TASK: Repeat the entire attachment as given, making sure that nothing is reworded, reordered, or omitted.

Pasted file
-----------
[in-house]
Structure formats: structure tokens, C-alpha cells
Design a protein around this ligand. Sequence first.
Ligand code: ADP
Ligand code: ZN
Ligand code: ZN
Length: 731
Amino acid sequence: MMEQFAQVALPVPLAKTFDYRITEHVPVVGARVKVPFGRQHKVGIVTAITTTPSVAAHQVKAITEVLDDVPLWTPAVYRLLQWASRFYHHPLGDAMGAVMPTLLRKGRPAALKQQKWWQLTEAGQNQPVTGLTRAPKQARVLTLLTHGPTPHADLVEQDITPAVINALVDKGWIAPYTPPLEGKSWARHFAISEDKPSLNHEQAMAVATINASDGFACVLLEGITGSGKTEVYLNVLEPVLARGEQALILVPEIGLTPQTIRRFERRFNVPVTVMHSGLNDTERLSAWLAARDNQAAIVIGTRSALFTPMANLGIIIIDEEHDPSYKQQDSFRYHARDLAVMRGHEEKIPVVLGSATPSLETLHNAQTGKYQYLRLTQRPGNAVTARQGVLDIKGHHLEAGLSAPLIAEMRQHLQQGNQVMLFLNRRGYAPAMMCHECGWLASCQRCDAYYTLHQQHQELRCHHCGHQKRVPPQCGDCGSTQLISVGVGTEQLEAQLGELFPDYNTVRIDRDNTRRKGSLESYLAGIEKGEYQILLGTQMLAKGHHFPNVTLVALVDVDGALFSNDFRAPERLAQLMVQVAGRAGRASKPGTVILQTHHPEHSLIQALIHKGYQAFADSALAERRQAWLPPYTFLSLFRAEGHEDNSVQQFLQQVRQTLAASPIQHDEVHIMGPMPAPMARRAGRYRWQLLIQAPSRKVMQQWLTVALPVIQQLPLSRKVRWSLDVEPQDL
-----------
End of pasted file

[in-house]
Structure formats: structure tokens, C-alpha cells
Design a protein around this ligand. Sequence first.
Ligand code: ADP
Ligand code: ZN
Ligand code: ZN
Length: 731
Amino acid sequence: MMEQFAQVALPVPLAKTFDYRITEHVPVVGARVKVPFGRQHKVGIVTAITTTPSVAAHQVKAITEVLDDVPLWTPAVYRLLQWASRFYHHPLGDAMGAVMPTLLRKGRPAALKQQKWWQLTEAGQNQPVTGLTRAPKQARVLTLLTHGPTPHADLVEQDITPAVINALVDKGWIAPYTPPLEGKSWARHFAISEDKPSLNHEQAMAVATINASDGFACVLLEGITGSGKTEVYLNVLEPVLARGEQALILVPEIGLTPQTIRRFERRFNVPVTVMHSGLNDTERLSAWLAARDNQAAIVIGTRSALFTPMANLGIIIIDEEHDPSYKQQDSFRYHARDLAVMRGHEEKIPVVLGSATPSLETLHNAQTGKYQYLRLTQRPGNAVTARQGVLDIKGHHLEAGLSAPLIAEMRQHLQQGNQVMLFLNRRGYAPAMMCHECGWLASCQRCDAYYTLHQQHQELRCHHCGHQKRVPPQCGDCGSTQLISVGVGTEQLEAQLGELFPDYNTVRIDRDNTRRKGSLESYLAGIEKGEYQILLGTQMLAKGHHFPNVTLVALVDVDGALFSNDFRAPERLAQLMVQVAGRAGRASKPGTVILQTHHPEHSLIQALIHKGYQAFADSALAERRQAWLPPYTFLSLFRAEGHEDNSVQQFLQQVRQTLAASPIQHDEVHIMGPMPAPMARRAGRYRWQLLIQAPSRKVMQQWLTVALPVIQQLPLSRKVRWSLDVEPQDL